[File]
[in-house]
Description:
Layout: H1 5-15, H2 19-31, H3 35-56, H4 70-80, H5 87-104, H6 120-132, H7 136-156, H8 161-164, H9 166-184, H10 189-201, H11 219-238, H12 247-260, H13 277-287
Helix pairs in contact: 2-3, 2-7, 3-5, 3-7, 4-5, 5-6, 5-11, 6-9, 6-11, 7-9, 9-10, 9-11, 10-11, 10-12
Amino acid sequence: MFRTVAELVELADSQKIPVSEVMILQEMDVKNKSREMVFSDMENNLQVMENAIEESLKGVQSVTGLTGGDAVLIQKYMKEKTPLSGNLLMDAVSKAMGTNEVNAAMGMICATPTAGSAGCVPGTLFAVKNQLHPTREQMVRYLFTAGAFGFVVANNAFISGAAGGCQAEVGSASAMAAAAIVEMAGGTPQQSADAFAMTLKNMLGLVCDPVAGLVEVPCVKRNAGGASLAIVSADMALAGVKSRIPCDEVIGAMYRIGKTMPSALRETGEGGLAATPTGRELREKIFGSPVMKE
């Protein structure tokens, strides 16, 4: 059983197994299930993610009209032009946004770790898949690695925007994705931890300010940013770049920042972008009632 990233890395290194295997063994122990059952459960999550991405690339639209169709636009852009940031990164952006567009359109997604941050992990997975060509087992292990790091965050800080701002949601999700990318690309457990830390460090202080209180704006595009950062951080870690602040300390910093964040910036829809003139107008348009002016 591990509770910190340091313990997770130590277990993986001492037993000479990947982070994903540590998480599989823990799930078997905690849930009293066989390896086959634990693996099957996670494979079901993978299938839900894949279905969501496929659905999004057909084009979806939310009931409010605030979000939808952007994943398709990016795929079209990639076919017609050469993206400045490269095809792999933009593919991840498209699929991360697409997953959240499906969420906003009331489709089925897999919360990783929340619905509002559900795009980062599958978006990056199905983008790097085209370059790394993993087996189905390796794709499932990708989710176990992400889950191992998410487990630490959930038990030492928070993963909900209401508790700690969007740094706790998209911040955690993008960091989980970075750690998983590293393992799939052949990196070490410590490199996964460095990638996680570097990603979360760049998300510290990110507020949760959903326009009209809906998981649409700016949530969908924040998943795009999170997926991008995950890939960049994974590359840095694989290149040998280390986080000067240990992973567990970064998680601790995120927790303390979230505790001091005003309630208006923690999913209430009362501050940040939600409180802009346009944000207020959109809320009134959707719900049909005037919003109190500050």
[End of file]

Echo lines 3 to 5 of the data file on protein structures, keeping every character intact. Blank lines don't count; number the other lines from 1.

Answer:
Layout: H1 5-15, H2 19-31, H3 35-56, H4 70-80, H5 87-104, H6 120-132, H7 136-156, H8 161-164, H9 166-184, H10 189-201, H11 219-238, H12 247-260, H13 277-287
Helix pairs in contact: 2-3, 2-7, 3-5, 3-7, 4-5, 5-6, 5-11, 6-9, 6-11, 7-9, 9-10, 9-11, 10-11, 10-12
Amino acid sequence: MFRTVAELVELADSQKIPVSEVMILQEMDVKNKSREMVFSDMENNLQVMENAIEESLKGVQSVTGLTGGDAVLIQKYMKEKTPLSGNLLMDAVSKAMGTNEVNAAMGMICATPTAGSAGCVPGTLFAVKNQLHPTREQMVRYLFTAGAFGFVVANNAFISGAAGGCQAEVGSASAMAAAAIVEMAGGTPQQSADAFAMTLKNMLGLVCDPVAGLVEVPCVKRNAGGASLAIVSADMALAGVKSRIPCDEVIGAMYRIGKTMPSALRETGEGGLAATPTGRELREKIFGSPVMKE